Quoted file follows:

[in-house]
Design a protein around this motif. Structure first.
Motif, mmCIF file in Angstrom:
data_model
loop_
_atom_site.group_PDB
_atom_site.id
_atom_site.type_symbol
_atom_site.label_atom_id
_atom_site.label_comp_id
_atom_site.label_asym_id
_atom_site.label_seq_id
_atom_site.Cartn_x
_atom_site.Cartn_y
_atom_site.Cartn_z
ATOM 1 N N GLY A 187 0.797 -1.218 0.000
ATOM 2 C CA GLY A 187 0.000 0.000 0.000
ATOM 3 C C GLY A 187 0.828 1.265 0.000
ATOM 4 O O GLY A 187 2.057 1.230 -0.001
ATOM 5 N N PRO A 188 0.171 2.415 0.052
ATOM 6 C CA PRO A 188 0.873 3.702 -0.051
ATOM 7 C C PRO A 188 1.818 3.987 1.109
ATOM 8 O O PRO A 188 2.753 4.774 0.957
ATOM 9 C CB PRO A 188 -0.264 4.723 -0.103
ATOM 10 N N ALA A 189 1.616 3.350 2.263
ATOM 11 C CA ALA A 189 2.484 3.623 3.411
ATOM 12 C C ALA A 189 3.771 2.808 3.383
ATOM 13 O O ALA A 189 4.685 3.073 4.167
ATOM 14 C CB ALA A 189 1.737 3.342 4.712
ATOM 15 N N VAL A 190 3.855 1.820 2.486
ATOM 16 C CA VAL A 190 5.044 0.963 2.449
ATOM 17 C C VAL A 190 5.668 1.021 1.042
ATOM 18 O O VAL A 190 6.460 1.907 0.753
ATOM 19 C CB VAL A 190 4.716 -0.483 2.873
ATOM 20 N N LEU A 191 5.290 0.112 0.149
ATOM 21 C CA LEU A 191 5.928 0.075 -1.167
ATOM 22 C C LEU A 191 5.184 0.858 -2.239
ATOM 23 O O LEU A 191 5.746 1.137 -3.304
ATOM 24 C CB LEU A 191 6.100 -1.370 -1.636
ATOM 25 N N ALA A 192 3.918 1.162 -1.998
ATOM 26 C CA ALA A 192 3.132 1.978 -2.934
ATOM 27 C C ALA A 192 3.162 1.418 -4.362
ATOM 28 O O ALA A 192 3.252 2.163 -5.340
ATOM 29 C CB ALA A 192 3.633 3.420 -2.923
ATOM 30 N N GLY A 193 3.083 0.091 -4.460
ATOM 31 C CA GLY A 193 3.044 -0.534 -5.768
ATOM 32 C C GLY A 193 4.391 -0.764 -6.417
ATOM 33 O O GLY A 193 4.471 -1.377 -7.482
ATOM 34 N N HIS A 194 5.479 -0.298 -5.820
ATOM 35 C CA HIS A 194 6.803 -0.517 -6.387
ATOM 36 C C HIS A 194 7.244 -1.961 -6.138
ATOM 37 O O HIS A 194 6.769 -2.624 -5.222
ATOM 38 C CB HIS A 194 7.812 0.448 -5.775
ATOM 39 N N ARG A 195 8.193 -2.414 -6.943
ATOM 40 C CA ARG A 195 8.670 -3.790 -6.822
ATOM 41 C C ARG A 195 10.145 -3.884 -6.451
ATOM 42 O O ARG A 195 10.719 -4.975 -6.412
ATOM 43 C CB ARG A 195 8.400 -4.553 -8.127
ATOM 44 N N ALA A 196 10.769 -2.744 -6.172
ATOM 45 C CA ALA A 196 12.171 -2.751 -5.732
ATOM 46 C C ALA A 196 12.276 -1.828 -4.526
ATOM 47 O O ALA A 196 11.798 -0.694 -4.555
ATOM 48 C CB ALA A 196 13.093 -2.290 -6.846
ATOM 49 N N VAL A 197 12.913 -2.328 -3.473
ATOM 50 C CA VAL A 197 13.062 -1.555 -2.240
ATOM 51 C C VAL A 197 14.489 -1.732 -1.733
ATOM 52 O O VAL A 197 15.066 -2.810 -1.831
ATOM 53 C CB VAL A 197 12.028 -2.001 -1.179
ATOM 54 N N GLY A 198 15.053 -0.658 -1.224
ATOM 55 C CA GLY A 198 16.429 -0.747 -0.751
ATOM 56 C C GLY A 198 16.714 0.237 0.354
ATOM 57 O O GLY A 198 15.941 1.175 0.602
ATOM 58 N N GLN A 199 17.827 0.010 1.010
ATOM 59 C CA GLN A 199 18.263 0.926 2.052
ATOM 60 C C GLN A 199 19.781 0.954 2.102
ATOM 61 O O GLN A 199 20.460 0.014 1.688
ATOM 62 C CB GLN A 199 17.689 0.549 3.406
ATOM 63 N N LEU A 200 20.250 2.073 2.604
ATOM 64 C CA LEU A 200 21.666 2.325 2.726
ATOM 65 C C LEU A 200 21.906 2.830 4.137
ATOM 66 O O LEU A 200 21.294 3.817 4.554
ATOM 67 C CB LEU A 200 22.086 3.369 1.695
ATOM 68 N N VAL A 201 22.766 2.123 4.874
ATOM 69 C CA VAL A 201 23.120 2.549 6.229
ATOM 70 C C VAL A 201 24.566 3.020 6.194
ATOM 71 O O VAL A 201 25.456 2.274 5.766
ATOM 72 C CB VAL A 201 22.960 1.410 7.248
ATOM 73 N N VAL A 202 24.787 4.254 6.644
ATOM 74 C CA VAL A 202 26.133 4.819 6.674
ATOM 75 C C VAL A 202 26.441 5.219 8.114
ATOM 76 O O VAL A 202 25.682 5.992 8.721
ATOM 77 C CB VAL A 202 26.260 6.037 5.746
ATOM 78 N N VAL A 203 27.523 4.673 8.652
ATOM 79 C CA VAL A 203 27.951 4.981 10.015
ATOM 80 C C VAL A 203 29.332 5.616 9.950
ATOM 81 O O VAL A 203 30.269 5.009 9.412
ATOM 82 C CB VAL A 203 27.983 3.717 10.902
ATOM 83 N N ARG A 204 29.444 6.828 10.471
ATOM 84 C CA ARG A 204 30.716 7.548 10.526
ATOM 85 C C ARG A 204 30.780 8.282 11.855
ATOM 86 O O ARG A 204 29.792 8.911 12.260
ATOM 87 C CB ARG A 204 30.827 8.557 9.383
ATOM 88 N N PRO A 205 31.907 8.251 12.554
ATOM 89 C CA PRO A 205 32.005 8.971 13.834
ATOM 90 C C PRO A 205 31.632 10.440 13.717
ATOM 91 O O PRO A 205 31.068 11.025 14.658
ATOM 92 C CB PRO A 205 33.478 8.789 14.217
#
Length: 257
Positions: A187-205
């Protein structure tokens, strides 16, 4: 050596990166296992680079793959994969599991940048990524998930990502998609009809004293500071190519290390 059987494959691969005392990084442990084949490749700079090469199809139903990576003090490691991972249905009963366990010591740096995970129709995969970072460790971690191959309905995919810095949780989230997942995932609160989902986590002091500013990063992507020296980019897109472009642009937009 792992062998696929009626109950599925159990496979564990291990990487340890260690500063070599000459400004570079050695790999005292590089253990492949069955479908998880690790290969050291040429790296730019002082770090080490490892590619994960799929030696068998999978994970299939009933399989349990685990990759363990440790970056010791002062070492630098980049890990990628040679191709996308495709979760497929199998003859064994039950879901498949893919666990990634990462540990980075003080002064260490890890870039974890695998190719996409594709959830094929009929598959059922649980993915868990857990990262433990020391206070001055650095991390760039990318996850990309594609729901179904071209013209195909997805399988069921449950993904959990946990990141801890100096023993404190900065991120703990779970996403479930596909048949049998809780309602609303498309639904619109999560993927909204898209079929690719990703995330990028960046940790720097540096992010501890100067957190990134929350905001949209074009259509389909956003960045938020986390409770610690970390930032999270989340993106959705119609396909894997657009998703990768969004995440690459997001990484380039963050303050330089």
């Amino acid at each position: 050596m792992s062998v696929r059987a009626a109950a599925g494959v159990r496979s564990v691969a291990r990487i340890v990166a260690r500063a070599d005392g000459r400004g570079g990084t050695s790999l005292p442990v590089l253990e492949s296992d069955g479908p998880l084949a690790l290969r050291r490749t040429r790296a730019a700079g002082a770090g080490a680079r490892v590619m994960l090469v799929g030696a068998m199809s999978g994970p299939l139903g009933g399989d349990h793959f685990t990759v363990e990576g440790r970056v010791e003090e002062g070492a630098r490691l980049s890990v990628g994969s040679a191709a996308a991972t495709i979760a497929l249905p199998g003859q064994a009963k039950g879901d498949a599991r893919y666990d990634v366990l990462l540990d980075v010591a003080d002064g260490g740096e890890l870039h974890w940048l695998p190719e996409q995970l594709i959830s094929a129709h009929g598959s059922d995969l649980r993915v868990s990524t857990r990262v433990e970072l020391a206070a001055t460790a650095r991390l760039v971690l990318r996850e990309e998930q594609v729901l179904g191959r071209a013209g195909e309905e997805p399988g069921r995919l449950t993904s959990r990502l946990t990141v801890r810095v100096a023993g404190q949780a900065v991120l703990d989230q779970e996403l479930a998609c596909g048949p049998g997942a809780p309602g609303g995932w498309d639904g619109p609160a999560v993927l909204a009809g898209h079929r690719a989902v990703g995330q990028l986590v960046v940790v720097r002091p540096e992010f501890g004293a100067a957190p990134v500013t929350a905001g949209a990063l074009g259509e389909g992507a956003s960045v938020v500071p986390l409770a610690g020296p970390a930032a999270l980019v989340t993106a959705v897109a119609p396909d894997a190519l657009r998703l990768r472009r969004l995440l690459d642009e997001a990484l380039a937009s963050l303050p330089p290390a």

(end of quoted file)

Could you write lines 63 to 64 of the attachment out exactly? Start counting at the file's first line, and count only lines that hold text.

ATOM 48 C CB ALA A 196 13.093 -2.290 -6.846
ATOM 49 N N VAL A 197 12.913 -2.328 -3.473